Next up to speak was Amanda Nesheiwat, who will attend the Rio+20 conference as a UN Youth Delegate representing young people. (Her other hats include being a student representative for the Foundation for Post Conflict Development and a founder of the NJ Sustainable Collegiate Partners.) During pre-conference negotiations at the UN, she said one of her frustrations was repeatedly hearing the words”We cannot commit to…” from delegates.

In Rio, she said she will bring the youth’s perspective that world leaders must move beyond short-term thinking and lack of creativity, commit to “more action, less talking,” and move on Climate Change. I have no doubt she will be a powerful, insistent voice for change in Rio and continue this work when she returns home.

(As a side note, I found it refreshing that Amanda mentioned the need for creating and living with “sustainable consumption.” I personally believe that Sustainability means using less as well as using the world’s resources more efficiently.)

ISE Research Fellow Bill Russell capped the presentations with his thoughts on engaging citizens to meaningful action. He talked about attending the March 2012 Citizens’ Summit to Address Sustainability held at Yale University and his dismay at seeing Old Guard Thinking on stage instead of new participants with new ideas. Bill echoed the low expectations for Rio+20, offering his viewpoint that dominant government players are not working interdependently with business, NGO and citizen stakeholders. His call-to-action for himself and breakfast seminar attendees was to commit to staying engaged.

In the question-and-answer session that followed the presentations, ISE Fellow Matt Polsky touched on Sustainable Business in New Jersey with a reminder about the 2010 policy brief prepared by ISE for the Christie Administration called Developing and Implementing a Sustainable Growth Strategy for New Jersey.

The event ended on a positive note with audience contributions about restoring  equity to the Sustainability conversation; the emergence of Environmental, Social and Corporate Governance (ESG) and sustainable accounting; the work of ecological economist Herman Daly; and innovation as a new mindset.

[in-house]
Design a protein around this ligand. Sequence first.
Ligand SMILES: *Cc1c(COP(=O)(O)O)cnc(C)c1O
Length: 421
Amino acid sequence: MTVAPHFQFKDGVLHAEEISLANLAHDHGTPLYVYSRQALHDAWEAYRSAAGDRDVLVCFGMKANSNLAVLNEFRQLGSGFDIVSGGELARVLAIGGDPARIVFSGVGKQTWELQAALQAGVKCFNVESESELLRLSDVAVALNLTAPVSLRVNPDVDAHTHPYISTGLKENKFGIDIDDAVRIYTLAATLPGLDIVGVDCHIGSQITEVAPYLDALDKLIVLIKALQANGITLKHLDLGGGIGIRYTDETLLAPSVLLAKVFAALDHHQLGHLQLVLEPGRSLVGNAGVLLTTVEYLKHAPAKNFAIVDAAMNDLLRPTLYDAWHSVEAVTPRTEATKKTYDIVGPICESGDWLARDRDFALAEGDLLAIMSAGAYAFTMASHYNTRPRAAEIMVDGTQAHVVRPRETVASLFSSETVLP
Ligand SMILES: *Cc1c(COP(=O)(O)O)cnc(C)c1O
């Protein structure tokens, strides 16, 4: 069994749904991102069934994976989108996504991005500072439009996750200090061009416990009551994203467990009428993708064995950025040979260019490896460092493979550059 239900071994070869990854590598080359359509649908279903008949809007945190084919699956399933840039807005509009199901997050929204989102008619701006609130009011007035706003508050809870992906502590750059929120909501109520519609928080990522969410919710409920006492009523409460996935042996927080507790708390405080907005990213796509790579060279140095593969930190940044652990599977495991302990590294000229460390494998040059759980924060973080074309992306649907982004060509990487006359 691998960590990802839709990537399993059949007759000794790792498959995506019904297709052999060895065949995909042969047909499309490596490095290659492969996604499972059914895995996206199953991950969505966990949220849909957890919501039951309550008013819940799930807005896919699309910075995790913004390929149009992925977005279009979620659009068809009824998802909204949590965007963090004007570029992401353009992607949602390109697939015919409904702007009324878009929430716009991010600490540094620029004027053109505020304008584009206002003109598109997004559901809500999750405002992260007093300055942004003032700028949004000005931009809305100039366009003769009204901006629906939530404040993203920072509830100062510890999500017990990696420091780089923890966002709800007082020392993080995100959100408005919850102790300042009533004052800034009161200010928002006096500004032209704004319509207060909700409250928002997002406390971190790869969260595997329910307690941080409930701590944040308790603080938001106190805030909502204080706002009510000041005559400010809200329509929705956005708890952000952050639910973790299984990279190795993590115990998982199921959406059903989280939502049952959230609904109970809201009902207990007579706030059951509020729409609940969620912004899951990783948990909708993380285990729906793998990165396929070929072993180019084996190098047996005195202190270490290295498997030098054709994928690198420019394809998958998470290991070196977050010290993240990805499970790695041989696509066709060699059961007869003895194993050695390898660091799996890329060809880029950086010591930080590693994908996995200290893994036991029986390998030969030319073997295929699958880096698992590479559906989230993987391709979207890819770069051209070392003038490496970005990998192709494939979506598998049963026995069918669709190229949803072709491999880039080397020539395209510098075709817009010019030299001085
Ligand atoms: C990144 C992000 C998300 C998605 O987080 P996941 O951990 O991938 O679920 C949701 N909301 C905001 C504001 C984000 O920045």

I was extremely sorry to miss the post-seminar roundtable discussion. Thanks to the Institute for Sustainable Enterprise for hosting this year’s breakfast seminars and I look forward to the series’ return in the fall.

As the United Nations hosts World Water Day 2012 today, the world is reminded that clean water is vital for life and intrinsically linked to food security:

World Water Day

There are 7 billion people to feed on the planet today and another 2 billion are expected to join by 2050. Statistics say that each of us drinks from 2 to 4 litres of water every day, however most of the water we ‘drink’ is embedded in the food we eat: producing 1 kilo of beef for example consumes 15,000 litres of water while 1 kilo of wheat ’drinks up’ 1,500 litres.

In New Jersey, water quality protection is front-and-center as Governor Christie appears to be behind the controversial and sudden firing of New Jersey Highlands Council executive director, Eileen Swan.

Via NJ Conservation Foundation:

Politics trumps water protection in Highlands

The firing is the boldest salvo to date in what appears to be a concerted effort by the Christie Administration to undo the protections of the Highlands Water Protection and Planning Act (the Act), which was adopted in 2004 to secure the water supply for some six million people – over two-thirds of the residents of this state were in.